Researchers at Rush-Presbyterian-St. Luke's Medical Center in Chicago have found that the more formal education a person has, the better his or her memory and learning ability, even in the presence of brain abnormalities characteristic of Alzheimer's disease (AD).
New findings from the Religious Orders Study (ROS), a long-running prospective study of aging and cognitive function in Catholic clergy, offers important new evidence that formal education may provide a cognitive "reserve" or a "neuroplasticity" that can reduce the effect of AD brain abnormalities on cognitive function in later life.
The research, published in the June 24, 2003, issue of Neurology by Dr. David A. Bennett, Rush colleagues and researchers at the University of Pennsylvania, examined physical characteristics of autopsied brains of deceased participants in the Religious Orders Study. Bennett and colleagues also looked at the participants' years of education and performance on tests of overall cognitive function before death. Each of the 130 participants underwent cognitive testing about 8 months before death. In those tests, 19 measures of cognitive function were used to create a global cognitive function measure involving different forms of memory, perceptual speed, and "visuospatial" ability.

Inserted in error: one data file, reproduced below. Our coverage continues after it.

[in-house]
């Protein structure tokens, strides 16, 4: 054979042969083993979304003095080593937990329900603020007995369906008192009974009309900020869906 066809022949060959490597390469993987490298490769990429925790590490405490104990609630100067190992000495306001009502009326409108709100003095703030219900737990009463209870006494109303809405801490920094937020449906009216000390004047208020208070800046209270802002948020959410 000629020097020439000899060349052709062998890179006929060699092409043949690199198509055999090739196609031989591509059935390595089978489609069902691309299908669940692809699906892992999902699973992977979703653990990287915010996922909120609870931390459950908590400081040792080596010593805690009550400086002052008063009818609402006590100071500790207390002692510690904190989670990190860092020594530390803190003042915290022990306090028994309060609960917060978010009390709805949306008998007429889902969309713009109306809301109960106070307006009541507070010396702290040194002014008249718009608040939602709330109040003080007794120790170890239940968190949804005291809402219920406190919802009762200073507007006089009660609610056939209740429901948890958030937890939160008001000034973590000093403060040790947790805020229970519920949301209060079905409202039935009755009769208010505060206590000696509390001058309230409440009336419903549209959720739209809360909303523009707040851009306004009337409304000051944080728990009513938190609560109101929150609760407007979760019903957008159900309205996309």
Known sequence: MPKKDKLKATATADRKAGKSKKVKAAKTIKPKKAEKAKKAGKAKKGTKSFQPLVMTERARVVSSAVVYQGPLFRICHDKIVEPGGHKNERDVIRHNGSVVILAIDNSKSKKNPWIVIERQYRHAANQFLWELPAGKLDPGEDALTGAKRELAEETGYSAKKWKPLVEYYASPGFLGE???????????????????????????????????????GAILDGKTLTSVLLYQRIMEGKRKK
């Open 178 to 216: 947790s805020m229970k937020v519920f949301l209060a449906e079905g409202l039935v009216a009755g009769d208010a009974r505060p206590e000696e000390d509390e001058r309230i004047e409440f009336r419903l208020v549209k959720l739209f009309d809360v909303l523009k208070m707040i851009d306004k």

At death, brains of the participants were examined to see how much AD pathology, or damage, was evident. Scientists noted the extent of different kinds of amyloid plaques (which occur when snipped fragments of a larger protein clump together) and neurofibrillary tangles (which are formed when threads of the protein tau become entangled, damaging critical neurons, or nerve cells, in the brain).